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Wednesday, 21 September 2011

Peeping Tom (1960)

Karlheinz Böhm's is stuck in an auto-erotic Freudian cinematographic nightmare, traipsing around a grimy London with a wind-up Bell and Howell 16mm in an effort to understand his father's perversions. Various prostitutes and movie starlets with six-inch waists fall victim to his murderous studies until he finds a chance of redemption in a dainty redheaded children's librarian with a Tiresias-like mother, the only character to recognize that her daughter's beau is actually a nutcase.

It's all allegorical, and none too subtle, a commentary on the relationship between cinema and its audience. By implicating the cinema-goer in Böhm's crimes, director Michael Powell inspired self-loathing in his viewers, thereby dynamiting his own career (so the story goes). Because of this unprecedented rulebreaking, Roger Ebert puts Peeping Tom on his list of 'Great Movies,' while Martin Scorsese, Powell's greatest modern supporter, believes that it shows everything that can be shown about directing. But I don't see it. There's too much of the voyeuristic misogyny of Hitchcock here (similar in many ways, Psycho was released only a few months later).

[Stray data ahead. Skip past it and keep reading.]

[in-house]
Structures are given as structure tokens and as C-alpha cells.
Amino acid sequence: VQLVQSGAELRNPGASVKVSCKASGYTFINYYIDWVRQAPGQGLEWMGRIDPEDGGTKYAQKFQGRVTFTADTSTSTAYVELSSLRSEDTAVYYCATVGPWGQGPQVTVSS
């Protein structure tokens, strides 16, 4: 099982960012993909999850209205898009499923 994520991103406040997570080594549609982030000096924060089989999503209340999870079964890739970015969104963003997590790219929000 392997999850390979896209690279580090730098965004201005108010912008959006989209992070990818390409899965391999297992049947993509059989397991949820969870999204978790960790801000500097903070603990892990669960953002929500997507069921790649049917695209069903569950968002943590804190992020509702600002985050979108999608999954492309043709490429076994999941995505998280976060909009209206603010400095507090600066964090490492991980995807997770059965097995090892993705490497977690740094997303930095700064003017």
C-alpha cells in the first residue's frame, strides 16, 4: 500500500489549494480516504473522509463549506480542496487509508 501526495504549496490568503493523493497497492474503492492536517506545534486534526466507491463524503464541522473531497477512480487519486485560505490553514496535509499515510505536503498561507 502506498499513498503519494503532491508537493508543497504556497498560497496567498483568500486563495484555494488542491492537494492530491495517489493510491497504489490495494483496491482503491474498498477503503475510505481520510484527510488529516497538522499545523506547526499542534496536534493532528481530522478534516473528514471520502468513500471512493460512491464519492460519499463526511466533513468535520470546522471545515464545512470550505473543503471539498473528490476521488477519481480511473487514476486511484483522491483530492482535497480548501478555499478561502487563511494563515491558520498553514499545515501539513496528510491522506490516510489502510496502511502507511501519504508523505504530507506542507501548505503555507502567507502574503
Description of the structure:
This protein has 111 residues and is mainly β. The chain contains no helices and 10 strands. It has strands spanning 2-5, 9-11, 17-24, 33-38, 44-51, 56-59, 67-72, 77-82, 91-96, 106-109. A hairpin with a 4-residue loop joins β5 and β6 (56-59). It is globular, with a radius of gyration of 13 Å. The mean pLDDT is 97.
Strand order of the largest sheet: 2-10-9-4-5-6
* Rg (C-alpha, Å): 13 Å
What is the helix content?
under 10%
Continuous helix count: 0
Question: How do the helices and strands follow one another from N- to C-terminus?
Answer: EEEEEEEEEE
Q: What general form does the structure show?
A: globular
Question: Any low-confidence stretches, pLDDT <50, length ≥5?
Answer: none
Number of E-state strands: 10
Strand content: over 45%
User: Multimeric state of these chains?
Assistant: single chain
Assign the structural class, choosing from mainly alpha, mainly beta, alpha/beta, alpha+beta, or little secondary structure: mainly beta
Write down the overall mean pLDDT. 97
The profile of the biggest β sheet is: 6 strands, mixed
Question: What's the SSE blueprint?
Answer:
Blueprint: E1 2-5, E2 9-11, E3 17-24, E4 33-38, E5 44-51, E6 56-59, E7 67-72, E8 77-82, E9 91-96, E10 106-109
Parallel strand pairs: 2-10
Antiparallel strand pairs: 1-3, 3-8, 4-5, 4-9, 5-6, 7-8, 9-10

At least the library, shown for all of three seconds, is interesting. In reality a concrete secondary modern school next to crumbling tower blocks in a rundown part of north London, it is an eyesore. The heroine never speaks of it. She wants to be an author, reminding us that for many librarians, their job is just a job, and that much of librarianship can be pedestrian and dull. Libraries can also places that, contrary to Borges' association between libraries and paradise, one might sometimes dream of escaping from.

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